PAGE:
My First Stone Age is a children’s version of the popular board game Stone Age. It’s made for 2 to 4 players. The players walk around the prehistoric landscape, gather resources, and build villages. The first player that manages to build three huts is the winner.
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Pro Introduces many concepts
The complexity level of the game is great for younger children – it teaches them a lot more than just flipping tiles and moving, it also handles memory, resource management, and some risk.
The forest tiles are upside down, and two of them get flipped every time someone reaches the hut space, so you must keep track of where the tile you want is.
There’s quite a bit of trading and exchanging. When you land on the construction space, you trade in specific resources for a hut. The price of the hut is shown on the bottom of the hut tiles, it can either be three different resources or two resources of the same type. Also, when you reach the trading post tile, you can trade one resource for another.
The game also has a dog “wildcard”, which can substitute any resource, but there’s a catch – there are only two dogs in the game, and if they’re all taken when someone walks on the dog tile, then they can steal it from one of the players, so it’s a risk to hang on to it too long.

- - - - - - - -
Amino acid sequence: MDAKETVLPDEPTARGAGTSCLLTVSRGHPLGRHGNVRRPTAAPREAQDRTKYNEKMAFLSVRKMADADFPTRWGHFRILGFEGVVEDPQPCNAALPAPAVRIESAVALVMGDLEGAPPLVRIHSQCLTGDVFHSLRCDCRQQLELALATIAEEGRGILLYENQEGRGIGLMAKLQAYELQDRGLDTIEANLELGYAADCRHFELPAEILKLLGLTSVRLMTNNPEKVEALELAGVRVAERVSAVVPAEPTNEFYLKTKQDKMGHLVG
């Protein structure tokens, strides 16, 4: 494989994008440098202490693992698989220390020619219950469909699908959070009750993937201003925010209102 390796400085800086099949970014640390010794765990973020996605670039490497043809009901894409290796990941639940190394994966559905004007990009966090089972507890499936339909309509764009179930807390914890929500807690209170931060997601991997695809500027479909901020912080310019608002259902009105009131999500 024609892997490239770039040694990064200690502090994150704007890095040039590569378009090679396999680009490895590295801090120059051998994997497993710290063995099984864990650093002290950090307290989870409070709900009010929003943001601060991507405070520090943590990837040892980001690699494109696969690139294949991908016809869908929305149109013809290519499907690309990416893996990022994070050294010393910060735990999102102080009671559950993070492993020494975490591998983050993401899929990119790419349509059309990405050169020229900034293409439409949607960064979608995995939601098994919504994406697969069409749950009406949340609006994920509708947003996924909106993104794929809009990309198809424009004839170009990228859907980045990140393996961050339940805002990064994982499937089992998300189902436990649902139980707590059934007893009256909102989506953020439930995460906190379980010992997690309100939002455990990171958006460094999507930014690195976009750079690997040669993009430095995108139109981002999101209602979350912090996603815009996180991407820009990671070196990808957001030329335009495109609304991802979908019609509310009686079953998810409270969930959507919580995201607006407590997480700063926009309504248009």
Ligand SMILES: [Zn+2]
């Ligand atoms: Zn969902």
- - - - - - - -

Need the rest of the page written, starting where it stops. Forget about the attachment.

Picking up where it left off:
Pro Short play time
Kids and parents probably won’t get bored of the game so quickly because a full game takes only 15 to 20 minutes.
Pro Aesthetically pleasing
Similarly to the actual Stone Age, the artwork and the components look great, albeit with a cartoony twist, which befits a children’s game. The gameboard and hut tiles have cute prehistoric artwork that include little cavemen doing all kinds of silly stuff – swimming down waterfalls, playing, eating, etc. The 3D villages look very cool, and there’s no mistaking what the resource tokens are supposed to be.
Pro Durable components
My First Stone Age has high-quality components, so they should hold up very well. The meeples and the resource pieces are wooden, the cardboard huts and movement tokens are thick and rugged, the storage box is sturdy, and the cards are made of durable cardstock.
Pro Simple to learn
My First Stone Age is easy to play, as a children’s game should be. Players take turns flipping tokens that tell them where to move. The tokens feature either icons with specific spots or dice, in which case you must move the according amount of spaces. When you reach the hut space, then you can use combinations of resources you’ve gathered to build a hut. The first player to build three of them wins the game.
Con Might be outgrown quickly
The lifespan of My First Stone Age isn’t very long because the introduced concepts are quite basic and simple, so kids might find it repetitive, boring, and easy in a year or two.